AFS trips cancelled, exchange students sent home early

Kris Long, Opinions Editor

AFS, being a multinational organization, is one of the Manhattan High clubs that will be most impacted by the COVID-19 pandemic. All national and international trips are cancelled for the remainder of the school year and exchange students are in the process of being sent home three months early.

AFS had a trip planned for boys who stay in dorms at the Wichita Life Prep academy to shadow MHS students during their spring break. The exchange students there have no host families to spend holidays with, so many come to Manhattan and stay with host families in their time off. The trip was originally planned for this week and was cancelled last Thursday. 

“I was disappointed that we didn’t get to see them,” AFS president Ainslie Markle said. “But I think it was the right call. I don’t think we should be traveling… it made sense to keep everybody safe.”

Exchange students are in the process of being sent home when AFS can find plane tickets, a difficult task at the moment according to Italian exchange student junior Aurora Petriconne. The first group of students are expected to leave on March 20. 

“It is my understanding that the process is underway to have all exchange students return to their home countries,” AFS sponsor Tony Wichmann said. “By doing this, [there will be] no get-together to say goodbye.”

Some students are being sent home to countries badly affected by the virus in comparison to Kansas. For example, Aurora Petriconne is being sent home to Italy where her family waits in almost complete lockdown. 

“I would probably rather stay here,” Petriconne said. “But I understand things are getting worse here. And we don’t know what is going to happen here. So, it’s probably better for me to go home so that, if something happens, I’ll be with my family. But yeah, I would rather stay here.”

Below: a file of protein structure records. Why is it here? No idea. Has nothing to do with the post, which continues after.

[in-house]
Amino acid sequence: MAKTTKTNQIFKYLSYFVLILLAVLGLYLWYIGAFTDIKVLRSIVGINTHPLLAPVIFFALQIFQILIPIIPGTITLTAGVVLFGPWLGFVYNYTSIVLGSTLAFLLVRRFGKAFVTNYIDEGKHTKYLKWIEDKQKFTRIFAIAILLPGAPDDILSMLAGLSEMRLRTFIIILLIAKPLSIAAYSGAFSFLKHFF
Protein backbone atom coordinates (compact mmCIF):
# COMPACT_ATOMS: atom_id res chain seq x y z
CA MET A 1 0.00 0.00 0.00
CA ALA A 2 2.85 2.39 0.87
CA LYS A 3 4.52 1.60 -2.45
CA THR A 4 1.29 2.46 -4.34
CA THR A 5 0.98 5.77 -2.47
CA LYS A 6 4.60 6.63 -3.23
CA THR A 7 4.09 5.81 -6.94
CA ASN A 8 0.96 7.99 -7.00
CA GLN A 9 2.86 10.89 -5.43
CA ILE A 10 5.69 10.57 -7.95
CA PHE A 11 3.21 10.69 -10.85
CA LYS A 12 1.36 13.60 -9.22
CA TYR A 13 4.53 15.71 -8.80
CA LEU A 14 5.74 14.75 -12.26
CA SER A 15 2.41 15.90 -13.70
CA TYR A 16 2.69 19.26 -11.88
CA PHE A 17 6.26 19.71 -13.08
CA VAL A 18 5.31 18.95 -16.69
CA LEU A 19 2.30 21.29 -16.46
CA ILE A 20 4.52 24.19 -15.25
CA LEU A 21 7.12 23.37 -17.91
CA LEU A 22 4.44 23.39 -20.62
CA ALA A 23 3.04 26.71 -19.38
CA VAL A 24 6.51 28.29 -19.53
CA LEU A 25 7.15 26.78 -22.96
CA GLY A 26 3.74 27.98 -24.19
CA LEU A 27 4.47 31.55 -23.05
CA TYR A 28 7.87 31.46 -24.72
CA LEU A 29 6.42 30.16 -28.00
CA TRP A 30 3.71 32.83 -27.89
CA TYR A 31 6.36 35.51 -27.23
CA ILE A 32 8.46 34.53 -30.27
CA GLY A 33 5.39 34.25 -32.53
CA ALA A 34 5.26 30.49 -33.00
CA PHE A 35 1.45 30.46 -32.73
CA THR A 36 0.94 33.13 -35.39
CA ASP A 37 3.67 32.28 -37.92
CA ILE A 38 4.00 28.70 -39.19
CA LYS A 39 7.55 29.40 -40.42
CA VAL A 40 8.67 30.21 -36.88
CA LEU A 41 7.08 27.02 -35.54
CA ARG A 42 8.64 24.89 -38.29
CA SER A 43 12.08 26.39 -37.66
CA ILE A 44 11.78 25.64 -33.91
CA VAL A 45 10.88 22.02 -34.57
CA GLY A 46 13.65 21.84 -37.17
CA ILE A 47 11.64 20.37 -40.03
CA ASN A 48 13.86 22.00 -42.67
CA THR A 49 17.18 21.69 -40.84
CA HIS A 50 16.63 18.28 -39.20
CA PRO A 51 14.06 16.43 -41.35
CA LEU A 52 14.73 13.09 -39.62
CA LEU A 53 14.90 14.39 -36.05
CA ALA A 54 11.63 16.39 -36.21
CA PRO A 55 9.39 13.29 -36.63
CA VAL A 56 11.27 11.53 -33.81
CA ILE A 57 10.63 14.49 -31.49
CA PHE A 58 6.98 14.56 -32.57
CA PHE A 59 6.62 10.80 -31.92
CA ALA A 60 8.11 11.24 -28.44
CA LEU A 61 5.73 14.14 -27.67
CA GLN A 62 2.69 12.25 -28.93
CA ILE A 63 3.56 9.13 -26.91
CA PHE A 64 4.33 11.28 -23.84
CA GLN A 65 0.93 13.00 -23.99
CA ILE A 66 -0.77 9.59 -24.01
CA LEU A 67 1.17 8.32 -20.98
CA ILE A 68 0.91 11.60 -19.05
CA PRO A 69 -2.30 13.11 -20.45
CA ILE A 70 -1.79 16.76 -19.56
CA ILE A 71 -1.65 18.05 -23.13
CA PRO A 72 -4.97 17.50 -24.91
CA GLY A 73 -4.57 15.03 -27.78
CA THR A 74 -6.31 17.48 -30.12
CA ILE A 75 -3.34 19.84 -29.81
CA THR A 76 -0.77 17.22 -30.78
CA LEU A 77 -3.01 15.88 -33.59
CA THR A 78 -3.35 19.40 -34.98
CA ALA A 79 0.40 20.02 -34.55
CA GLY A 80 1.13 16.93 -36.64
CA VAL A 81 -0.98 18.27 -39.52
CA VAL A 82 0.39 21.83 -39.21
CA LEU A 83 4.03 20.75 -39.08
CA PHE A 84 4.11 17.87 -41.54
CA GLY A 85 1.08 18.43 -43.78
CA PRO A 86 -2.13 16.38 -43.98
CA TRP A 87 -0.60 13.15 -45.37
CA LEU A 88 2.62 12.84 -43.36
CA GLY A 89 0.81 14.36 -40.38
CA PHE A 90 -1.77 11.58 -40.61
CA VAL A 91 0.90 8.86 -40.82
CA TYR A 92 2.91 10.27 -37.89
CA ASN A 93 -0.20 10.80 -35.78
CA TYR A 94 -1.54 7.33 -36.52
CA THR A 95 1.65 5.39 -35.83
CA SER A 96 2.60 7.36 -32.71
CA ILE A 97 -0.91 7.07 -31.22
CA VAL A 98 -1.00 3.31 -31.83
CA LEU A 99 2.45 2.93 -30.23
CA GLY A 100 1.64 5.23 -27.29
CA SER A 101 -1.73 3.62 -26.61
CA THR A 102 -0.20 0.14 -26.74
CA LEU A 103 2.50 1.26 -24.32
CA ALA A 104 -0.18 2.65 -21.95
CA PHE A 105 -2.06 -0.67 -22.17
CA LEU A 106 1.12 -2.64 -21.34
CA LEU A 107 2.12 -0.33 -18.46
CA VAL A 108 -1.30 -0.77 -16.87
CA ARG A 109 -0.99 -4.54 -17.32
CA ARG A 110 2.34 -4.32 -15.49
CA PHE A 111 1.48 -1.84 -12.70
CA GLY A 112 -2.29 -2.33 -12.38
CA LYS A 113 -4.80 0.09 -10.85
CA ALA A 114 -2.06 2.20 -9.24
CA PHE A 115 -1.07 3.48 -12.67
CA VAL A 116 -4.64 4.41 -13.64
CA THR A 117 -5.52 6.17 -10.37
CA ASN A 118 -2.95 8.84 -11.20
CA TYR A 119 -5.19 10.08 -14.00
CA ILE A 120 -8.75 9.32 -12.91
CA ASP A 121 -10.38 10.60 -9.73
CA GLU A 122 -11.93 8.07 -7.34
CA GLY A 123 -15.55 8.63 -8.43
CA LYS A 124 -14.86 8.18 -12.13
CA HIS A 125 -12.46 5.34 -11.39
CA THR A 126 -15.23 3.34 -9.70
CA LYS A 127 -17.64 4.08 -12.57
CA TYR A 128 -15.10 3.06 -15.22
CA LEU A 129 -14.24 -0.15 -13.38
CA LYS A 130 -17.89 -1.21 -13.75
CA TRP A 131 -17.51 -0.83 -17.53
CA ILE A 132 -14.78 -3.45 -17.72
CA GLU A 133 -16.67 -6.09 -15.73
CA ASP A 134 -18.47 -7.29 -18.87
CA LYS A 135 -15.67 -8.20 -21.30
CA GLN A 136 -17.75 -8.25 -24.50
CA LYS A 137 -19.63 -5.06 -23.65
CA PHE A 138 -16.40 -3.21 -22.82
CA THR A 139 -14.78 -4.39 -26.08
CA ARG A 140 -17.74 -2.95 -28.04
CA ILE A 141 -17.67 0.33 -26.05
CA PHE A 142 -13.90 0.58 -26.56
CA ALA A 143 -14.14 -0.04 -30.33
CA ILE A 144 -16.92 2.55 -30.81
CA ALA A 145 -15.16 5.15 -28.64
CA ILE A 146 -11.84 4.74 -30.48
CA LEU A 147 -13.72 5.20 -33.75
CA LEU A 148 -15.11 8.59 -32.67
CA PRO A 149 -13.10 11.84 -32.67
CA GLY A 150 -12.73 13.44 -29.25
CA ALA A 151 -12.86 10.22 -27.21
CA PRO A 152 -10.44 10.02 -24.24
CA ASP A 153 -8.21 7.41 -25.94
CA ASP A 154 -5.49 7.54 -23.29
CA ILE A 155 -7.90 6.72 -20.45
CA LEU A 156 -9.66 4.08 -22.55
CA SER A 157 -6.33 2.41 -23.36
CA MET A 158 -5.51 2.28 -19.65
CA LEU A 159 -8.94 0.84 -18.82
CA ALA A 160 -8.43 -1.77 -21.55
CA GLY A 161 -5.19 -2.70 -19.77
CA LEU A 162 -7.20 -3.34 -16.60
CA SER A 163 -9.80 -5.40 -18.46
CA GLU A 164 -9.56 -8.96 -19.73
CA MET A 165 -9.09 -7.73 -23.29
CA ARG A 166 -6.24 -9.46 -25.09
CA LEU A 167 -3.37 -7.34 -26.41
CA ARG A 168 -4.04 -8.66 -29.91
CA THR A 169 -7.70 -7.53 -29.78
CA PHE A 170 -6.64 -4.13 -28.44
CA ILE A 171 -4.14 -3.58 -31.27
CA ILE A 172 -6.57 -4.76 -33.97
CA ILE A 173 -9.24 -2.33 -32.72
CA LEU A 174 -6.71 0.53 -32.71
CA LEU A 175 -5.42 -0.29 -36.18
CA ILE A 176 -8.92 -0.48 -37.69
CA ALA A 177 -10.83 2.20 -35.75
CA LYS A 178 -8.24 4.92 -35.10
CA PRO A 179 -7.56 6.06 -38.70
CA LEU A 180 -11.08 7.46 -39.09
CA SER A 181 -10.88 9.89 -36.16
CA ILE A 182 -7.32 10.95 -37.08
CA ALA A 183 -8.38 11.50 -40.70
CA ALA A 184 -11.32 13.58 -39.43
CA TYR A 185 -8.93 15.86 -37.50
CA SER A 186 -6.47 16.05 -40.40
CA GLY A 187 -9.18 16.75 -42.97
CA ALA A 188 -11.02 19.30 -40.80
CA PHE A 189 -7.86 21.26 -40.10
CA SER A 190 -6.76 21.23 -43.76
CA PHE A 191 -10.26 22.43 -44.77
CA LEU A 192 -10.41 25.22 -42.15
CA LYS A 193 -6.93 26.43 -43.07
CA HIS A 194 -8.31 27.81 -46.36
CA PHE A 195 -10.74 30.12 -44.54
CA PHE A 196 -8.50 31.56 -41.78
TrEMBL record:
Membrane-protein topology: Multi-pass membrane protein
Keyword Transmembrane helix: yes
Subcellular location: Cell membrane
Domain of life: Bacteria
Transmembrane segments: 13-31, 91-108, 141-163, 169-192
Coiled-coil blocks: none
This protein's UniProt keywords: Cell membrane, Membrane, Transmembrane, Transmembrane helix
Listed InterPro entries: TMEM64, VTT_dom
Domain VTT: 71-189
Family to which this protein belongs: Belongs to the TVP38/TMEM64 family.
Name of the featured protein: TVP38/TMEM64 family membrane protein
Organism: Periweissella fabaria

In Petriconne’s hometown, her family is stuck at home, though none of them are ill. They are only allowed to go to the grocery store and pharmacy, and even then their time allowed out is limited. Both of her parents are still employed and working from home. They are allowed out without a specific purpose only to walk around the block. However, anyone found outside their neighborhood without authorization could be sent to jail for two months.  

For Petriconne, the hardest part about leaving early will be not being able to say goodbye. 

“I really wanted to see the people that I’ve been living with for a year,” Petriconne said. “And probably a lot of those people I’m never going to see again. And it’s kind of hard that I’m not going to say be able to tell them goodbye, and the last time they saw them, I didn’t know I would never see them again.” 

After the pandemic is over, Petriconne would like to come back and visit the people she met here, though her time was cut short. 

“I would love to visit this city again to see my family that, for me, is a family,” she said. “My host parents for me are like second parents. So I would love to come back and see them again.”